Senate deal makes likely a rise in minimum wage Separate vote is set on labor law changes opposed by Clinton


WASHINGTON -- After weeks of false starts and partisan bickering, Senate leaders of both parties sealed a deal yesterday to vote on a minimum wage increase and some new tax breaks for small businesses.

The agreement makes it likely that an increase in the minimum wage -- from $4.25 an hour to $5.15 an hour -- will become law.

The deal also calls for a separate vote to make several labor law changes that have been opposed by President Clnton and the AFL-CIO. This means that if it passes on a party-line vote, Clinton is likely to veto it.

The changes include a controversial Republican-backed measure giving employers the power to set up worker-management committees to decide terms and conditions of employment. Democrats argue those would amount to company unions.

Senate Majority Leader Trent of Mississippi said of the agreement: "I'm sure there are members on both sides of the aisle who are not very happy about it, but it will allow us to begin to move forward" on deadlocked bills.

In addition to action on those measures, the agreement could clear the way for a vote, sometime later in July, on a bill to repeal the 4.3-cents-a-gallon gasoline tax that was imposed in 1993 as part of Clinton's deficit-reduction package.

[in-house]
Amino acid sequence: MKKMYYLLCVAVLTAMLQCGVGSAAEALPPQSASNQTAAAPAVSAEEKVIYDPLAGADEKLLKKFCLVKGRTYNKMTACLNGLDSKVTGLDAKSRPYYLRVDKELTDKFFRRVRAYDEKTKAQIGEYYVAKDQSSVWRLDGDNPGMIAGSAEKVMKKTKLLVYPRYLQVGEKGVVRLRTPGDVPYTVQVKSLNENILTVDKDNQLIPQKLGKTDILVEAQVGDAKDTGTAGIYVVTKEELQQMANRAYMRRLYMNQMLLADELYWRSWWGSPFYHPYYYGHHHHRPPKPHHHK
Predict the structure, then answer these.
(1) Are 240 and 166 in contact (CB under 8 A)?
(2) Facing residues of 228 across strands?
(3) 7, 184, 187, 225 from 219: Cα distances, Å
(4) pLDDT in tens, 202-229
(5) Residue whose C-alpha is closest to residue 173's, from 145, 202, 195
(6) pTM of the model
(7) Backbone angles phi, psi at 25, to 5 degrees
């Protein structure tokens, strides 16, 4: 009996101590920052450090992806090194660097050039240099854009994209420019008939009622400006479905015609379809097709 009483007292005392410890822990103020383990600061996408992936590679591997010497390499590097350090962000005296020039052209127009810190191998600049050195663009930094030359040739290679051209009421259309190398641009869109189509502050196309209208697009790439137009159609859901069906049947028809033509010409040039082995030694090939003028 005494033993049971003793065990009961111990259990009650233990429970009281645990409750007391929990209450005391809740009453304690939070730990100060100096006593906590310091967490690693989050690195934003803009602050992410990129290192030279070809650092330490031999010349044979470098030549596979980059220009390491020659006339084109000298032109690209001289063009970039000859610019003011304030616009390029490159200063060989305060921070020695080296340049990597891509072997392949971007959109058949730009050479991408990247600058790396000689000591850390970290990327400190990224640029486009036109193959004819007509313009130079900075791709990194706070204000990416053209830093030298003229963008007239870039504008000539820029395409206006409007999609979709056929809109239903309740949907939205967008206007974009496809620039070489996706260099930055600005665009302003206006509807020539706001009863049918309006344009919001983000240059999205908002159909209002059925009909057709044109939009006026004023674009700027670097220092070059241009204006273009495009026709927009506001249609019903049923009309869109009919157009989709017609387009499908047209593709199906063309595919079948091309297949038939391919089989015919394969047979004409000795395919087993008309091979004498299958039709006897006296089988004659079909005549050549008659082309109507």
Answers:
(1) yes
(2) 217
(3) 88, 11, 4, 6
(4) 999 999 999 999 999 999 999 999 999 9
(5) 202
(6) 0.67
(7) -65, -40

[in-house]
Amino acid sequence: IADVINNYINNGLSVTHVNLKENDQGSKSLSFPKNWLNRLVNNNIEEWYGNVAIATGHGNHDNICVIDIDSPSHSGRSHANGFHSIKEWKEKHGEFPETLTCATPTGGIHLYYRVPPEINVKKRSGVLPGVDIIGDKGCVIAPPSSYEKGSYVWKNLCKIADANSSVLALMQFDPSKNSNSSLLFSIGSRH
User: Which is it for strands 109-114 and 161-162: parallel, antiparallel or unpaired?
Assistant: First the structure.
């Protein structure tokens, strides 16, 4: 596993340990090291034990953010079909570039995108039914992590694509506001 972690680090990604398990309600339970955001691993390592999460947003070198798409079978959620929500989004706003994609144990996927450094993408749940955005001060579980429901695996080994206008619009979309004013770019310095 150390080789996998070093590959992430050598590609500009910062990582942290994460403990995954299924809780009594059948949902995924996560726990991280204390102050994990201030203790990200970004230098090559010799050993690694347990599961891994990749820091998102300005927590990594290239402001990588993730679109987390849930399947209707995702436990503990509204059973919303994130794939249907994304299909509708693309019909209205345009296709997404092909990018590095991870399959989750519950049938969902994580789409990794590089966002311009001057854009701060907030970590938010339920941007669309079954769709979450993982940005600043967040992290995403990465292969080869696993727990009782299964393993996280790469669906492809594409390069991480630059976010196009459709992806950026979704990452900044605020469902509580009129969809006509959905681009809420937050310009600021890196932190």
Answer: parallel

"This is a real breakthrough," said Senate Minority Leader Tom Daschle of South Dakota, who had threatened to keep bringing up the minimum wage increase as an amendment to every piece of legislation on the Senate calendar until Republican opponents relented and permitted a clear vote.

As it stands now, the bill would raise the minimum wage by 90 cents an hour, to $5.15, in two steps. The wage would rise by 50 cents an hour this summer and by another 40 cents in mid-1997.

Because Lott knew the proposal probably would pass if it came up for a vote, he had been resorting to all kinds of parliamentary acrobatics to prevent that from happening. In the process, the legislative gears had practically ground to a halt in the Senate.

Although the wage increase passed the House by a comfortable margin in late May and enjoyed strong support in public opinion polls, most business groups remained opposed to it.

The Senate will vote on the bill the week of July 8, Lott said. The wage bill will be combined with a package of tax breaks for small businesses.

The package includes dozens of new deductions and other tax relief, including bigger write-offs for new equipment, a restoration of tax credits for hiring certain disadvantaged workers and new rules to promote tax-deferred employee retirement plans.

Pub Date: 6/26/96

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